In addition to competing with rice for sunlight, water, and nutrients, weeds pose another problem. Many weed species act as alternate hosts for insect pests and disease-causing organisms, and their presence among the crop or along bunds and peripheries can increase losses due to insect or disease attack.

Why are some weeds successful?

Weeds become successful because of their characteristics that give them the ability to:

i. Set seed before the crop ripens.

ii. Produce large quantities of seed (e.g., Cyperus difformis can set 100,000 seeds per plant).

iii. Seeds survive in the soil.

iv. Reproduce vegetatively, which aids their dispersal and makes them difficult to control.

v. Mimic the crop (e.g., red rice – which cannot be distinguished from the crop in early stages but which sets seed and then shatters before the crop is harvested).

vi. Grow vigorously which allows them to out-compete the crop.

Integrated weed management: Integrated weed management makes use of a combination of different agronomic practices to manage weeds, so that reliance on any one weed control technique is reduced.

Reducing the reliance on one or two specific weed control techniques means that those techniques or tools will be effective for future use. The object of integrated weed management is to maintain weed densities at manageable levels while preventing shifts in its populations to more difficult-to-control ones. Losses caused by weeds will be minimized without reducing farm income.

Controlling with one or two techniques gives the weeds a chance to adapt to those practices. For example, the use of herbicides with the same mode of action, year after year, has resulted in weeds that are resistant to those herbicides.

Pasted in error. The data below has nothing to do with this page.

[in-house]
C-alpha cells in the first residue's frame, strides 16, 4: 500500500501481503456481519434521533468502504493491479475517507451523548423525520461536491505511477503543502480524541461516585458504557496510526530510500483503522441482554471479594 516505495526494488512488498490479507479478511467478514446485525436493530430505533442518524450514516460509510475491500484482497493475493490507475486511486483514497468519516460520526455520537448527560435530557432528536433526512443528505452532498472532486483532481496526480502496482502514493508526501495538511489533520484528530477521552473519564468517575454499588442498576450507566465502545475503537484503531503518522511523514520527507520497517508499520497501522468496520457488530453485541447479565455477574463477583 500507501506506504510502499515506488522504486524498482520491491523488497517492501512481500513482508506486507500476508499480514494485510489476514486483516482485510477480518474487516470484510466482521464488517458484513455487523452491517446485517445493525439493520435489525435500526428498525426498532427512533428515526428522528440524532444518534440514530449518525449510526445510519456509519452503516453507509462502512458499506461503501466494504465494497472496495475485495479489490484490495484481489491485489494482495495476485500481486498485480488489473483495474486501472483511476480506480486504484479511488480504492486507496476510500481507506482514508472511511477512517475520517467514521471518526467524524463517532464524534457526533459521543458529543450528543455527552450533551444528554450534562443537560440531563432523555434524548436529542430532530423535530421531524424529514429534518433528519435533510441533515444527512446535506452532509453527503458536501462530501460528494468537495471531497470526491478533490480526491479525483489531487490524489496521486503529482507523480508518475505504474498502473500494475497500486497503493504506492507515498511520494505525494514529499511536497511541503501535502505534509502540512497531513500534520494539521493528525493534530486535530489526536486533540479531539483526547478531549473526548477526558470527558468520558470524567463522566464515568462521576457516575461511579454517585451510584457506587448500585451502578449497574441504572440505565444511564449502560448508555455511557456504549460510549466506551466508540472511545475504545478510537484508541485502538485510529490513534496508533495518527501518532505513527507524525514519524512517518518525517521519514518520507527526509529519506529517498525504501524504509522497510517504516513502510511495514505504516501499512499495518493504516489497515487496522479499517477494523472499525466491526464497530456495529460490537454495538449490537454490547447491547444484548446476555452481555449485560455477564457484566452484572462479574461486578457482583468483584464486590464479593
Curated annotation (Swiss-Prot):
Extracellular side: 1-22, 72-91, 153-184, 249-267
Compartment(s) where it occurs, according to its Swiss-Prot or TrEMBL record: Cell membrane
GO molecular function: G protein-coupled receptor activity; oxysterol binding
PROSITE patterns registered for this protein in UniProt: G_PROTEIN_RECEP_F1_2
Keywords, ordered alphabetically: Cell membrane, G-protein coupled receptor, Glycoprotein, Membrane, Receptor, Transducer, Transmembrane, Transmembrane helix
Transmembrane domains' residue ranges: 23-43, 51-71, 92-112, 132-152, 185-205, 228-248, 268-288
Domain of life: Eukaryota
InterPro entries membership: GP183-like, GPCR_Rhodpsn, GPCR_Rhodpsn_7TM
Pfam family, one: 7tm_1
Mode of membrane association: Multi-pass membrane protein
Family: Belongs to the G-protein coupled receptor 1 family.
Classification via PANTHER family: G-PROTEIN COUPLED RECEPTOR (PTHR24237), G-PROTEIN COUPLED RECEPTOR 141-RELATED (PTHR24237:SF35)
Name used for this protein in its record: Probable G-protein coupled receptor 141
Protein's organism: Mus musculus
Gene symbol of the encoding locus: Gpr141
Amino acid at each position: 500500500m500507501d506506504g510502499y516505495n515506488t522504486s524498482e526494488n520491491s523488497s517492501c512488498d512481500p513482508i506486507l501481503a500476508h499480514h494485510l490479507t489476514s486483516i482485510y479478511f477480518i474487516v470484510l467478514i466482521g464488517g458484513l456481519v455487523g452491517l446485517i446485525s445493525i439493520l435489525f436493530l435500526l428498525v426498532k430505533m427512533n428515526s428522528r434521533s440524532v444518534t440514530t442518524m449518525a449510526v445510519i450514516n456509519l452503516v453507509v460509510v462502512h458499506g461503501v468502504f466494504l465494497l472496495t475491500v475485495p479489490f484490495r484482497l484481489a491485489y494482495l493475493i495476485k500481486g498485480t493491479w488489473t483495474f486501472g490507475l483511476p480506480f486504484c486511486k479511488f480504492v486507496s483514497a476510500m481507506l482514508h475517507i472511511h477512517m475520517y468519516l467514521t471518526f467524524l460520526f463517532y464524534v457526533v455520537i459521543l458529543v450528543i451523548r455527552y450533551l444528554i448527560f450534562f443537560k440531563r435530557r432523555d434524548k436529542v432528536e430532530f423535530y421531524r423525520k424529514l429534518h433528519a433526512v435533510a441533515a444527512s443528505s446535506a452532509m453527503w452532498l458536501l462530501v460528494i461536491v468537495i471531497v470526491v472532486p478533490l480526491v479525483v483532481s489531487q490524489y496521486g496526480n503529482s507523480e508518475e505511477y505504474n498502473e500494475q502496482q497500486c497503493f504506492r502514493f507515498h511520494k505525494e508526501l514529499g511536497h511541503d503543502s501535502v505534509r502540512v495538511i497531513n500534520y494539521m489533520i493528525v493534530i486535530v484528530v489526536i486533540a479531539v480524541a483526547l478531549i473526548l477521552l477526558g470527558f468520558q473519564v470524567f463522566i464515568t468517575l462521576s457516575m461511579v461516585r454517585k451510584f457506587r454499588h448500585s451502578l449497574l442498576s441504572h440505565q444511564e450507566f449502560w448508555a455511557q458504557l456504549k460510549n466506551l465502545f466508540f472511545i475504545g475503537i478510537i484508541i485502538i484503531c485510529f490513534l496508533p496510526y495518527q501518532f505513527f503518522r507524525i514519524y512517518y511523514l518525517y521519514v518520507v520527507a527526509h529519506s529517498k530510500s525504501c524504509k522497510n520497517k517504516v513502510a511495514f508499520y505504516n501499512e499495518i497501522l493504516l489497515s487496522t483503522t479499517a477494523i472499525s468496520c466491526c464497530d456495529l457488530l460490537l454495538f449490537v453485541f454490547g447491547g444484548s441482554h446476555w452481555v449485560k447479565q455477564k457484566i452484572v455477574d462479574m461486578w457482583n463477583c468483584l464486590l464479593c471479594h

Integrated management uses a variety of techniques to keep weeds “off balance”. Weeds are less able to adapt to a constantly changing system that uses many different control practices, unlike a programme that relies on one or two control tools. Integrated weed management practices in rice include:

Land preparation: Thorough land preparation can significantly decrease the incidence of weeds in rice by destroying all weeds and weed seeds to provide weed-free conditions at the time of planting, and providing a good environment for rapid growth of rice seedlings.

Water management: Many weeds cannot germinate or grow in flooded soils, making water management an extremely effective tool for controlling, particularly grasses and sedges.

When the transplanted seedlings have established themselves (approximately one week after transplanting), completely flood the plot to a depth of 3”-4” to inhibit weed growth. As the rice grows, gradually increase the depth to 6”. The soil must be submerged completely and uninterruptedly if flooding is to be effective.

Hand weeding: Hand weeding is time consuming and tedious. When weeds are large enough to be gripped, they are pulled out of the soil and discarded. Smaller weeds can be hand-pulled. Early hand weeding is better, since any delay will enable the weeds to absorb nutrients.